While major German multinationals like SAP had to yield to public opinion pressure and left the Russian market, medium-sized companies not in the limelight quietly continue their business trying their best to circumvent the sanctions.
In fact, 80 percent of German businesses have remained in the country, underlining how many German company owners are putting practical economic interests first when it comes to the war in Ukraine, according to a report from German business weekly Wirtschaftswoche.
Speaking to media outlet, one German company manager details how his company and others are working to restore economic relations between Europe and Russia.
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The company manager indicated that currently the biggest problem they face is the lack of contact between Russians and Europeans. In addition, there is no cooperation between the Russians and the Ukrainians.
The director said his company has offices in both countries, and since 2014 they have been working hard to keep their business together. Large German companies, on the other hand, had no choice but to leave the Russian market; those that were reluctant to do so, such as some European car manufacturers, were subjected to severe public and political pressure. Mid-sized companies, however, stayed under the radar and avoided public scrutiny.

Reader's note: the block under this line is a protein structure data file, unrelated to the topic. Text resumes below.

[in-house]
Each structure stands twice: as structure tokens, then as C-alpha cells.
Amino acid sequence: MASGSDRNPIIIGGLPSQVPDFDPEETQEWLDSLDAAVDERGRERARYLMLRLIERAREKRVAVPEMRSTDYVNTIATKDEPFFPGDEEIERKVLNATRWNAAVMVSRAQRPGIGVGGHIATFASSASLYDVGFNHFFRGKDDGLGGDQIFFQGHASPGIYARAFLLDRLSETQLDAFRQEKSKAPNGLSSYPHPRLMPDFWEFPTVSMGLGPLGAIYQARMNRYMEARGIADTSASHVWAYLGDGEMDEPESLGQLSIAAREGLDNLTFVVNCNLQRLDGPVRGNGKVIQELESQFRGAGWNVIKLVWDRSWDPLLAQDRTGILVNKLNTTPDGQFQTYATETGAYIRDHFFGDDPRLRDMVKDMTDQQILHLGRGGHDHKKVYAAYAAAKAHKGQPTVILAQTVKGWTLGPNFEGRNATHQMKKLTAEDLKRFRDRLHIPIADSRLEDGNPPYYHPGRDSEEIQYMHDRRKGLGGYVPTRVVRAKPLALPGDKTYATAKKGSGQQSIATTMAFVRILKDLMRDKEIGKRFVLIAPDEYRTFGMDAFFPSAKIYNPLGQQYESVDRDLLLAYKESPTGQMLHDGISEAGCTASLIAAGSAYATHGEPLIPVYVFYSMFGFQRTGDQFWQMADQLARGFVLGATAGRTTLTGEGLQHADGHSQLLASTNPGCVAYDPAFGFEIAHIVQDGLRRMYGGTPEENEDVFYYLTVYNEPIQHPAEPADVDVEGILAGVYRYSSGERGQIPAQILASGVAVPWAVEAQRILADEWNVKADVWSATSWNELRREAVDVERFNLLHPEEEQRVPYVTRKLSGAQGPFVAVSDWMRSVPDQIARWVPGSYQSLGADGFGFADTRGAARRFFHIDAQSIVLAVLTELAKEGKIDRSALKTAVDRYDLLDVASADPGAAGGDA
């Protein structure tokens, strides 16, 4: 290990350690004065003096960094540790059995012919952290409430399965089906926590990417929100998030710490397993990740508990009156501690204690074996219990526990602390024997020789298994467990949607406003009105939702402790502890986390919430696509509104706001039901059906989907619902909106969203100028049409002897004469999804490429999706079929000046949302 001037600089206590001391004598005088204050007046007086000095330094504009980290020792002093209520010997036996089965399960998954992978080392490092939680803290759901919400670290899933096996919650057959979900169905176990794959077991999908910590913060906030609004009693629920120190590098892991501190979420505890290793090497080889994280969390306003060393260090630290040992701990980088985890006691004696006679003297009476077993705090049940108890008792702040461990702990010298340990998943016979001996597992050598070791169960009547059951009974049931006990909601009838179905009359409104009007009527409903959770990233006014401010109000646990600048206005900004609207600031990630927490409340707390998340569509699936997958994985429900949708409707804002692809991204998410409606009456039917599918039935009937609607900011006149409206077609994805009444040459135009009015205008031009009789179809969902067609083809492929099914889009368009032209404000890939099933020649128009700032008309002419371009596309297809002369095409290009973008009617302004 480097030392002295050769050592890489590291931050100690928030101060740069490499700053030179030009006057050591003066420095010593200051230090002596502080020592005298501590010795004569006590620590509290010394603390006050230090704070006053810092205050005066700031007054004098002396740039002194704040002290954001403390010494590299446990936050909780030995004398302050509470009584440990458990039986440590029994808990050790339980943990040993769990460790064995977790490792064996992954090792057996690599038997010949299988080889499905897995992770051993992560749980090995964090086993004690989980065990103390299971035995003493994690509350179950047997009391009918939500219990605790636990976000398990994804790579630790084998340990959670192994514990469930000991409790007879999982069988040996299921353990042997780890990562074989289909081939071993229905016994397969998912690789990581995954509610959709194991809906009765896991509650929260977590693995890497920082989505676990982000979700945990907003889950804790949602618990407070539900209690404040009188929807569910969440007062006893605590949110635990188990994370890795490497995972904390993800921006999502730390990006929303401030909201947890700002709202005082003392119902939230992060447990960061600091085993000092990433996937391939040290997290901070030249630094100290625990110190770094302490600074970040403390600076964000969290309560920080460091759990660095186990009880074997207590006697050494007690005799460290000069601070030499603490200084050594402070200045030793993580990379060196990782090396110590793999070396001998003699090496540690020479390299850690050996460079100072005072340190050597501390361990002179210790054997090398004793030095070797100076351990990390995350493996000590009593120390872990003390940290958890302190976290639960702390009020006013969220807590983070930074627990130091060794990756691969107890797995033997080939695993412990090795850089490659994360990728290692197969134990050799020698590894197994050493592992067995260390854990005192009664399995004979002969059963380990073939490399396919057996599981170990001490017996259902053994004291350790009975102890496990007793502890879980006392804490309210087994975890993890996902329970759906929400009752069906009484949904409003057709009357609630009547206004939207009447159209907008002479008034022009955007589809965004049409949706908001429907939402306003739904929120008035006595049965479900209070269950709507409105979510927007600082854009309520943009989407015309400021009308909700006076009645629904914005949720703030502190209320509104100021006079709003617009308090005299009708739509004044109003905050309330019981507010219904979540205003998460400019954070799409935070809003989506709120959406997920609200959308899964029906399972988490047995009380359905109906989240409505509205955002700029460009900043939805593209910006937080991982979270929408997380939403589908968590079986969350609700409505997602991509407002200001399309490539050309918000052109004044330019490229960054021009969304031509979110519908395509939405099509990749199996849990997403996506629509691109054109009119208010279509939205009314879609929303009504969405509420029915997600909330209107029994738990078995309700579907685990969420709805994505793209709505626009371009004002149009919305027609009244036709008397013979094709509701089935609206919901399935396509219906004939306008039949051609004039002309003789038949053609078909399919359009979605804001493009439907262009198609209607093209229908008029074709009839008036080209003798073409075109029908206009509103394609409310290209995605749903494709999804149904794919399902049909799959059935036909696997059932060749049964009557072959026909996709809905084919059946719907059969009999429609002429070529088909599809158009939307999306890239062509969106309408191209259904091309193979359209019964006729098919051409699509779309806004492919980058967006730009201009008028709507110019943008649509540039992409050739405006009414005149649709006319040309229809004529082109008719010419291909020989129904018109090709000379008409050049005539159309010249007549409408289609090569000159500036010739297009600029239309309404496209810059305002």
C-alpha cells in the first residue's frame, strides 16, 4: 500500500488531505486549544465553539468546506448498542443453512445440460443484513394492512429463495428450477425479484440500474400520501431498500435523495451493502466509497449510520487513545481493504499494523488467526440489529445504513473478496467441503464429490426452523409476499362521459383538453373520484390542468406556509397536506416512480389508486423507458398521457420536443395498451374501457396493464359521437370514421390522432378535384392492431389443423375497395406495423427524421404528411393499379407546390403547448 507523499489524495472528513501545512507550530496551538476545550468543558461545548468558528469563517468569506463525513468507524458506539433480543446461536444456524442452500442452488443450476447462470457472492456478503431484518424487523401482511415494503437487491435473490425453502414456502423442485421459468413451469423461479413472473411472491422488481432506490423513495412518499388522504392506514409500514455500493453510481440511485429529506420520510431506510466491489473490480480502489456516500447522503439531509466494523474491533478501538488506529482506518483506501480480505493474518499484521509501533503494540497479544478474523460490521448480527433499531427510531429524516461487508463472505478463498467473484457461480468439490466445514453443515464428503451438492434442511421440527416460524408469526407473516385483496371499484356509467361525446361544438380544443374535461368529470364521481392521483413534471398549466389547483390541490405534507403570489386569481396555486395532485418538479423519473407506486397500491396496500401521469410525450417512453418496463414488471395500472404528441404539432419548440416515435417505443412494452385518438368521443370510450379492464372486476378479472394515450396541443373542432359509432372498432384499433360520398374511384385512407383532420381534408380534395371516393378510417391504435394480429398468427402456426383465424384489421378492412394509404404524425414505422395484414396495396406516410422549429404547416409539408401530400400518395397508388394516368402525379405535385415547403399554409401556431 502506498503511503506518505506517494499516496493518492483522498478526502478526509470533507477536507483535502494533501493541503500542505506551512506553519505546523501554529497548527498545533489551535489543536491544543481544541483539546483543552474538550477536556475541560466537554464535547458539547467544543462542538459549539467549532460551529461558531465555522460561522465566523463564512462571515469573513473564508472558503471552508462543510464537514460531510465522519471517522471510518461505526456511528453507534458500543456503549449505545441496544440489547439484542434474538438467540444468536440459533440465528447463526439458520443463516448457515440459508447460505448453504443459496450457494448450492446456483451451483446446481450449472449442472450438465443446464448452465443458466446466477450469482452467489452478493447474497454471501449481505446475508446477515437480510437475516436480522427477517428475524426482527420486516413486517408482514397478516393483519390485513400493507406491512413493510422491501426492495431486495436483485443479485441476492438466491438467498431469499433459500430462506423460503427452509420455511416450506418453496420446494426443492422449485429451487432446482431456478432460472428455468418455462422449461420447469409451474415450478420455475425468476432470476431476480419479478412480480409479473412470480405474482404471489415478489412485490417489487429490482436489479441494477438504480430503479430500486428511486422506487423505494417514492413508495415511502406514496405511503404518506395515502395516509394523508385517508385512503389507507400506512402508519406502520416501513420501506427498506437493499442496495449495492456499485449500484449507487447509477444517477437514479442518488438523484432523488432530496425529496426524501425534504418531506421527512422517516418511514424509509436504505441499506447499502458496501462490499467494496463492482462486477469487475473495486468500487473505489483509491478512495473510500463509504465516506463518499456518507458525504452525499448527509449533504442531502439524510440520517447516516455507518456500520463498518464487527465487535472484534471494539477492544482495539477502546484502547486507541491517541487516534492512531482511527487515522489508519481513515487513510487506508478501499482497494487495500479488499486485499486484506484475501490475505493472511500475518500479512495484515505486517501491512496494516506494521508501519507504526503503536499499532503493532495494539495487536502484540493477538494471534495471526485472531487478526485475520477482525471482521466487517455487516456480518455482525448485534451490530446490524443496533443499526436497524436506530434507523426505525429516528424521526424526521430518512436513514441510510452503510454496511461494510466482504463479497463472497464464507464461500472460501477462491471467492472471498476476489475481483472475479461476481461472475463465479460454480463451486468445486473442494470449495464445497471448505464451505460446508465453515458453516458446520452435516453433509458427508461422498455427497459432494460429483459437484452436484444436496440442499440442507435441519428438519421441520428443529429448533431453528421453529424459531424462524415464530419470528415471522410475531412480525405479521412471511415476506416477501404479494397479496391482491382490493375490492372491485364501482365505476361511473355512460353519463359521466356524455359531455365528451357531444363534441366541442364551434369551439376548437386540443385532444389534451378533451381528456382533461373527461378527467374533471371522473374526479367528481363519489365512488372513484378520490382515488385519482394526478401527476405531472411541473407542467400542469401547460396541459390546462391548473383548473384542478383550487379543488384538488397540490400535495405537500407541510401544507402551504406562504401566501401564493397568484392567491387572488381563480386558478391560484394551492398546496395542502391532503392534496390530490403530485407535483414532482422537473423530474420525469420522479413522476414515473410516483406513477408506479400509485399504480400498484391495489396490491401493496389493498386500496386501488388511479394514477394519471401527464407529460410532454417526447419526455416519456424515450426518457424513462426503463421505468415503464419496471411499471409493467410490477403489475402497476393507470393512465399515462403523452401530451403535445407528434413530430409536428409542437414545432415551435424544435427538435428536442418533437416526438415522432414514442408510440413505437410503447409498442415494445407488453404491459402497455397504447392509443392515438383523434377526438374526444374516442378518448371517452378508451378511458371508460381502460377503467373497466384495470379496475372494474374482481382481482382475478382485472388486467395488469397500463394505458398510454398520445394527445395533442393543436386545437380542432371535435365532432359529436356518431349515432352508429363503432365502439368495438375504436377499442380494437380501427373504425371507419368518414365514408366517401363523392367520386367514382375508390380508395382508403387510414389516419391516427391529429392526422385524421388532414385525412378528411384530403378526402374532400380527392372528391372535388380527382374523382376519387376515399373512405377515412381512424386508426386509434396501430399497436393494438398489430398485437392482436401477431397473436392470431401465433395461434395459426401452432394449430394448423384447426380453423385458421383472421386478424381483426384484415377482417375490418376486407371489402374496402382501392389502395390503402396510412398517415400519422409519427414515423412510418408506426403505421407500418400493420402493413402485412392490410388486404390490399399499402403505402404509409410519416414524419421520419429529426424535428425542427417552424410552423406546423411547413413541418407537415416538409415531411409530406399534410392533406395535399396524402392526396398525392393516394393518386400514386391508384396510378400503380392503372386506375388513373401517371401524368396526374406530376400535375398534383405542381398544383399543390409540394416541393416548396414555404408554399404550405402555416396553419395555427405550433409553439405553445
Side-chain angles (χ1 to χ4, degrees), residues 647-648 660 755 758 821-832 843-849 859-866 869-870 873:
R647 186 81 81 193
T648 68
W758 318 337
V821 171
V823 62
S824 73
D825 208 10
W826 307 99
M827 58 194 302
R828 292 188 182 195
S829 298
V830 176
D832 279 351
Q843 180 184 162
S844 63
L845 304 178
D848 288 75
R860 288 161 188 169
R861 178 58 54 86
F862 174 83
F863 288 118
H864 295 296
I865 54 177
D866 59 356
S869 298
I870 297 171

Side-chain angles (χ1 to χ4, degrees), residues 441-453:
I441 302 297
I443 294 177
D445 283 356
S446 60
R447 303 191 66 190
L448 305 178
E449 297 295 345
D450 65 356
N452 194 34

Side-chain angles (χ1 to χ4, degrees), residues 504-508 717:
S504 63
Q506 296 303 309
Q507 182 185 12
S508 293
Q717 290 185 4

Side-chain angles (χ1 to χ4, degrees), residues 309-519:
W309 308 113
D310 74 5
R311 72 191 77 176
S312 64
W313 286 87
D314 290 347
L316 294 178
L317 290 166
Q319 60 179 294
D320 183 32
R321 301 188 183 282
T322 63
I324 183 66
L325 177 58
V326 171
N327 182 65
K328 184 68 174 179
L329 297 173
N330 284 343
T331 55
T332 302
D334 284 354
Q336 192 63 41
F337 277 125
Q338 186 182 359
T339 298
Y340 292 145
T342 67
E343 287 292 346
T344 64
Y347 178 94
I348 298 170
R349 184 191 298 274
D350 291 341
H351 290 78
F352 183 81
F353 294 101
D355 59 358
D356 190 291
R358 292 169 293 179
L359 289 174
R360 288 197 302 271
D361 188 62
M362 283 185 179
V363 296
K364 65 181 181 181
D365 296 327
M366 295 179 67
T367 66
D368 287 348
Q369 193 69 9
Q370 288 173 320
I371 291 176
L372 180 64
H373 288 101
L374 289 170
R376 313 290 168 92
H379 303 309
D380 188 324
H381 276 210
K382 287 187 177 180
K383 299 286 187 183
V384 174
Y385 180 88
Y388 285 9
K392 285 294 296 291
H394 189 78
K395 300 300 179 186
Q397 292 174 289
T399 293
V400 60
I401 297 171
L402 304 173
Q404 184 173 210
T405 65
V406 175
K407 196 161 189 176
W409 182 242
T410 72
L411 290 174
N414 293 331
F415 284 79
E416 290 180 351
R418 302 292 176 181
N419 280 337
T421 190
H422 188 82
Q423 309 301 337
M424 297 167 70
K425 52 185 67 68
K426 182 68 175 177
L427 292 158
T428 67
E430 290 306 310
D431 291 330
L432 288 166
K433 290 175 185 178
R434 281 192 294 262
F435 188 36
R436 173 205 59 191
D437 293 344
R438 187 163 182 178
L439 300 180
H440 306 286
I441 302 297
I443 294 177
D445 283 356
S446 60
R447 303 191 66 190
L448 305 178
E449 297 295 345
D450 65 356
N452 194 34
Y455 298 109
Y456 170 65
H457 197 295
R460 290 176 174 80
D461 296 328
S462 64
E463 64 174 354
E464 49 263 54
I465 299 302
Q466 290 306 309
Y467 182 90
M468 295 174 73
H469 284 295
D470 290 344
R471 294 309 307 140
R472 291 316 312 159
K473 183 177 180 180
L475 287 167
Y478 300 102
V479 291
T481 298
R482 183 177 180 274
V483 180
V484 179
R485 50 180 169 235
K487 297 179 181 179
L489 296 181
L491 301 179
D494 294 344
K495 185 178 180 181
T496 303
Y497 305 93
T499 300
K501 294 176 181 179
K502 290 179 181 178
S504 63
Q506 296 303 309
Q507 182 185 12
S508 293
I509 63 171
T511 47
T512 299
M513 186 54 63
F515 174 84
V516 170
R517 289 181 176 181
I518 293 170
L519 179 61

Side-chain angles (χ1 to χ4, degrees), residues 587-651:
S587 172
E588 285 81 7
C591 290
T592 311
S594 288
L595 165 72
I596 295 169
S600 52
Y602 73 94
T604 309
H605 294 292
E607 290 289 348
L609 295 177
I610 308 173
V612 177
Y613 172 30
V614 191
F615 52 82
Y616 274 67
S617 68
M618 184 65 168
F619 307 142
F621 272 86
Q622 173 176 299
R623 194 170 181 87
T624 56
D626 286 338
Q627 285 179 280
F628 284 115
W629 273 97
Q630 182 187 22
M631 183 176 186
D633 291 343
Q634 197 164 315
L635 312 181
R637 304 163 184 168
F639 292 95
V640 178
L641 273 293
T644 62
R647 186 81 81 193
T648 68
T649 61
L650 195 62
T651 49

More than two-thirds of medium-sized German companies, about 80 percent, are defying the sanctions, coming up with creative ways to replace the missing parts and raw materials and working to ensure their operations survive the war.
Speaking to the German newspaper, the company manager feels responsible for his Russian employees, saying that the livelihood of about 400 families depends on whether they remain in business.
So far, they have succeeded, and they are working to wait for the end of the war and the normalization of economic relations.
The statements of the German businessman echo the data of Macro Advisory, which was published in July. According to this, less than 5 percent of small and medium-sized German companies decided to leave the Russian market as a result of the war and only 4 percent of the members of the Russian-German Chamber of Commerce announced that they would leave the Russian market completely. The organization conducted a survey among its 1,050 member companies to find out how they see the future of their business in Russia. The remaining ones plan to continue their activities in the market without any changes, either partially abandoning new projects or changing their structure, according to the chamber of commerce.